My Mom and Dad didn’t come to us this year because they were here last weekend for my Dover Symphony concert (thanks for coming, Mom and Dad). They were only staying until Monday, though, and considering how busy, sick, and exhausted we’ve been over the past few weeks, we weren’t really interested in making the Thanksgiving trek of eternal traffic to visit them in New Jersey. Since our dear friend Sybil (aka, Scott, my brother-in-law) and his wife (hi, Beth!) have hosted the Scheir side of the family for about the past 10 years or so, we figured they’d have their hands full and didn’t invite ourselves along. Nor did we invite any of them here. Ultimately, Craig and I decided that we’d be spending Thanksgiving here at home, with the kids, alone.
We were so excited when my sister hit on the money idea of the decade: Chinese food. Chinatown Buffet (the one by Toys ‘R Us and TJ Maxx), she said, would be open on Thanksgiving Day. Crazy? Crazy enough to really work, I thought, especially since it seemed silly to make a turkey dinner with all the trimmings for 4 people, especially when 1 is a vegetarian. I trial ballooned the idea on Facebook and got all the affirmation I was looking for. My favorite response was from Connie, our pastor’s wife, who called me and said, “It’s so nice that you’re making memories for the children. Just think, someday they’ll say, ‘Remember that time Mom went crazy and we had Chinese food for Thanksgiving?'”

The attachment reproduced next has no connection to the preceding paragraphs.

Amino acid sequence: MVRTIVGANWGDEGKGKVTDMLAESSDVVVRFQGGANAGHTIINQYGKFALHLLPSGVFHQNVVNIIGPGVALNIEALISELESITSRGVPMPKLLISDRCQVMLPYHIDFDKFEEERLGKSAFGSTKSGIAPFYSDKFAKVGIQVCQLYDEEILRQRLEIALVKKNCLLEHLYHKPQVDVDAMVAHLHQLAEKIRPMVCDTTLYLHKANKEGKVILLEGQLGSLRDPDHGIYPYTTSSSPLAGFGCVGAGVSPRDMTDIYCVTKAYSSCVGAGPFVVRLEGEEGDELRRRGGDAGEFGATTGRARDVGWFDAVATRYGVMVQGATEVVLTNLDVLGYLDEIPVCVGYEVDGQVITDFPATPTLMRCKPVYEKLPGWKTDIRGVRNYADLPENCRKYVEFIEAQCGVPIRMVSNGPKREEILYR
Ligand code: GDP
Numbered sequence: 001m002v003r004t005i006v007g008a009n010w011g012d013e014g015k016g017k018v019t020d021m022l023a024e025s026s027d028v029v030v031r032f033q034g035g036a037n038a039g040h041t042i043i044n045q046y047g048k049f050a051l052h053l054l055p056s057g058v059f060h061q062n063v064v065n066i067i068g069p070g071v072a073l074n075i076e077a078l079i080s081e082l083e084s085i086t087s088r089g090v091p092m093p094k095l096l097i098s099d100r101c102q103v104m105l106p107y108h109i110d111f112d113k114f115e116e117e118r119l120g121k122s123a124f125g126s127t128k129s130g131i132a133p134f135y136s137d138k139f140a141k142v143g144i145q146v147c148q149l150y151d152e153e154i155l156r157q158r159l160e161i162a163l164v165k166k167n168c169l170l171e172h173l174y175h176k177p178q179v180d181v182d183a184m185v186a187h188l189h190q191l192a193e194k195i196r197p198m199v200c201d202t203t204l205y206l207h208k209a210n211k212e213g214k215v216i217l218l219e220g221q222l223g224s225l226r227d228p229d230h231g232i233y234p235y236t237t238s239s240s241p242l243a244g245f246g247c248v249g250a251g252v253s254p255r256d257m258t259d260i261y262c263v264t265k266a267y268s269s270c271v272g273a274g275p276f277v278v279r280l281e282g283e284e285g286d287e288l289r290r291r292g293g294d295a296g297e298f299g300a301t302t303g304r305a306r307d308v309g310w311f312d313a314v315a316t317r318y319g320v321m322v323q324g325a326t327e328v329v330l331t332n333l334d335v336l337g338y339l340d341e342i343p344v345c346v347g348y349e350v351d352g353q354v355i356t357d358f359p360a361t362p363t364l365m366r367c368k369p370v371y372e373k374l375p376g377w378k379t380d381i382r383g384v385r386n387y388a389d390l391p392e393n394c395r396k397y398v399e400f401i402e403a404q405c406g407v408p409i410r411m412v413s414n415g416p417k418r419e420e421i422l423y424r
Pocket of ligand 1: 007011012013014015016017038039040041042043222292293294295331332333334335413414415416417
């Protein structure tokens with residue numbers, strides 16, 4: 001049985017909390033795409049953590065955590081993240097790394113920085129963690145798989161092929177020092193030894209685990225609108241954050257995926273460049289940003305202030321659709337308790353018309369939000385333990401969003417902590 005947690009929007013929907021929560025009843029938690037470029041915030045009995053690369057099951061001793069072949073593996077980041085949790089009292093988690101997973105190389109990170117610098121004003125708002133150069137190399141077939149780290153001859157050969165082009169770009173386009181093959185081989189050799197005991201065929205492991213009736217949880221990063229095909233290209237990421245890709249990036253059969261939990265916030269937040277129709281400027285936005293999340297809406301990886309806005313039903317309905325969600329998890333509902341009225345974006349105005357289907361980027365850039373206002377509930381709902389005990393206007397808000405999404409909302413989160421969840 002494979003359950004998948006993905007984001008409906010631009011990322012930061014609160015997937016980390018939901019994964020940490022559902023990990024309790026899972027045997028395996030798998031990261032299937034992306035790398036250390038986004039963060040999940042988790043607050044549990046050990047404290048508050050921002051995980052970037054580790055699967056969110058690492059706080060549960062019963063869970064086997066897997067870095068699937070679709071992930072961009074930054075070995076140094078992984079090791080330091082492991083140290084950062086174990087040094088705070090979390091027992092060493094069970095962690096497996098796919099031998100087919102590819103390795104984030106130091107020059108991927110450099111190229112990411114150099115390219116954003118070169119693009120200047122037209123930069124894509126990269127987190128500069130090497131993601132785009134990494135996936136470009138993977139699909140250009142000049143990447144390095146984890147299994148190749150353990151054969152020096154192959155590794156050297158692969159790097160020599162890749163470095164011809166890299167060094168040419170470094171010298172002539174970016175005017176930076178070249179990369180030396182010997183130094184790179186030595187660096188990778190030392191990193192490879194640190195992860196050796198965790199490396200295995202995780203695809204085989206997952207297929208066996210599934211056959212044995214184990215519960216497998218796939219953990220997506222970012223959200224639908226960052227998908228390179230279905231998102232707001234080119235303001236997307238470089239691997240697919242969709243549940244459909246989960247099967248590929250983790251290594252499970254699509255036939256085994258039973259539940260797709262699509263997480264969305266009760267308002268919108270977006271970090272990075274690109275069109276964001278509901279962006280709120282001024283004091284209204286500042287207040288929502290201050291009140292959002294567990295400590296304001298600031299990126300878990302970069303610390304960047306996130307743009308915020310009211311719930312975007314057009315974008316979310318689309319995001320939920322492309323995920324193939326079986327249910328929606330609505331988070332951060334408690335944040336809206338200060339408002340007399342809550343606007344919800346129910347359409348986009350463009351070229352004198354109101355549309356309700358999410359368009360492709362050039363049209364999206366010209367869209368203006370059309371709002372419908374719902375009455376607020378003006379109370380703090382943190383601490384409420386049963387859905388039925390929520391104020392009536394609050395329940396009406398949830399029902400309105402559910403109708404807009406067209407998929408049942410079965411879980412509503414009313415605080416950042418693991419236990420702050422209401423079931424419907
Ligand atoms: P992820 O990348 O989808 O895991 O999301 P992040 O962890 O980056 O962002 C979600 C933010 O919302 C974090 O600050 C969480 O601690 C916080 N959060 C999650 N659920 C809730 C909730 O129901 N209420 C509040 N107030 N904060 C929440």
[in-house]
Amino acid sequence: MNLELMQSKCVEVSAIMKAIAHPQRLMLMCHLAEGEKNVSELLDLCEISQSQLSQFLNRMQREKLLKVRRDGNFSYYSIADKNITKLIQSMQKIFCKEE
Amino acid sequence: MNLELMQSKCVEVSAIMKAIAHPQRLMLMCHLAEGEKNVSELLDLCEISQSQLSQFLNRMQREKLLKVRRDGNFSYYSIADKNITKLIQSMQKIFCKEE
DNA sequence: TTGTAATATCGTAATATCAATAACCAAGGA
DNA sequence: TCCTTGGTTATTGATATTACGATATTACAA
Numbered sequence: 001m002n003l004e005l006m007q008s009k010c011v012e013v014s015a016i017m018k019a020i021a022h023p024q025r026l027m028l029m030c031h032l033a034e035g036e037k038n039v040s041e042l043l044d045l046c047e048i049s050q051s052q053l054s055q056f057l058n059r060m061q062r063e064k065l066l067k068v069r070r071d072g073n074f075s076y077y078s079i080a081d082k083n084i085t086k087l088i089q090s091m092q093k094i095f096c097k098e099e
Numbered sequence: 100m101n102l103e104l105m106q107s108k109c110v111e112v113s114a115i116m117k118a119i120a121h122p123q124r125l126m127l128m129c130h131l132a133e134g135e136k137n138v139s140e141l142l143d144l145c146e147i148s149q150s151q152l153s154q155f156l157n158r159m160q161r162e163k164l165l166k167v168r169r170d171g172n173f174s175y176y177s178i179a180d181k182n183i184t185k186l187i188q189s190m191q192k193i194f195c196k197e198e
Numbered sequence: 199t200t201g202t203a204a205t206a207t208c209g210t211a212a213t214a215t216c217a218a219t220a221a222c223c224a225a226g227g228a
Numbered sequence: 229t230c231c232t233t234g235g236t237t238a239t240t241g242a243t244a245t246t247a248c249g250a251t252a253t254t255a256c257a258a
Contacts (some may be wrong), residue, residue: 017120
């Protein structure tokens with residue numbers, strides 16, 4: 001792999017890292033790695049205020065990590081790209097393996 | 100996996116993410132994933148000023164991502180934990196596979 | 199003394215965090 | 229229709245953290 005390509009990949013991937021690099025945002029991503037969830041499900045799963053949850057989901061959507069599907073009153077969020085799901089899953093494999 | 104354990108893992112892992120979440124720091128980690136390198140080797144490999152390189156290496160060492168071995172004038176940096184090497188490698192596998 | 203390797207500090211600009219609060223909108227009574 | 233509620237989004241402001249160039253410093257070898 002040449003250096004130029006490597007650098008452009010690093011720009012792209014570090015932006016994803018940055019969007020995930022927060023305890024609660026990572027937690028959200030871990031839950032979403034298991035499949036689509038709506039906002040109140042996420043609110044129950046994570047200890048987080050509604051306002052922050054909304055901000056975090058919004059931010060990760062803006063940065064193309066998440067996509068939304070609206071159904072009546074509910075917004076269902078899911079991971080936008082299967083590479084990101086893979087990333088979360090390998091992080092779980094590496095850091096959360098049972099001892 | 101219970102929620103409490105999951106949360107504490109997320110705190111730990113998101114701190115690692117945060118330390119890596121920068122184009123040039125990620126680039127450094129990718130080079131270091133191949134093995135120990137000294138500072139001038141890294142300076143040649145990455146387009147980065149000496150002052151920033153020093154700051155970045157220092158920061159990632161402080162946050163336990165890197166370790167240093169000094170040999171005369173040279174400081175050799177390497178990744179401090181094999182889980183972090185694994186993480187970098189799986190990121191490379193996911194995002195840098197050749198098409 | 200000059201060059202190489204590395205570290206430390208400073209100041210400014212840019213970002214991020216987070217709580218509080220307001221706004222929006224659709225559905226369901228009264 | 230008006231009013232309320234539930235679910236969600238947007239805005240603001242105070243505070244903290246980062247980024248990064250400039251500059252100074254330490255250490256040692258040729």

Amen, sister. Pass the chopsticks.
So, 4 hours after a lovely breakfast of cranberry sauce, spoonbread, and eggy/cheesy biscuits, off we trekked to the Chinatown Buffet. And it was aweSOME!!! Sushi! Noodles! Egg rolls! Brownies! Happy service! Happier customers! And no darn dishes to boot–gosh, am I thankful!!
I’m especially thankful that we could be upfront and honest with the rest of the family about our temporary tradition transition. Come to find out that when Craig called his Mom, she said that Scott and family made a tradition departure of their own, going instead to his sister-in-law’s for the day (which, in case you’re reading, is perfectly A-OK by me, Scott), leaving Aunt Kay, Aunt Bebble, and Mom and Dad Scheir on their own for dinner (again, different, but perfectly OK). So it was a low-key change of pace for everybody this year–and the Chinese option was a fun conversation piece.
Would we do it again? I don’t know. But it was the right thing at the right time for a family that bit off way more than it could chew this fall. For the rest and relaxation, we are so very thankful.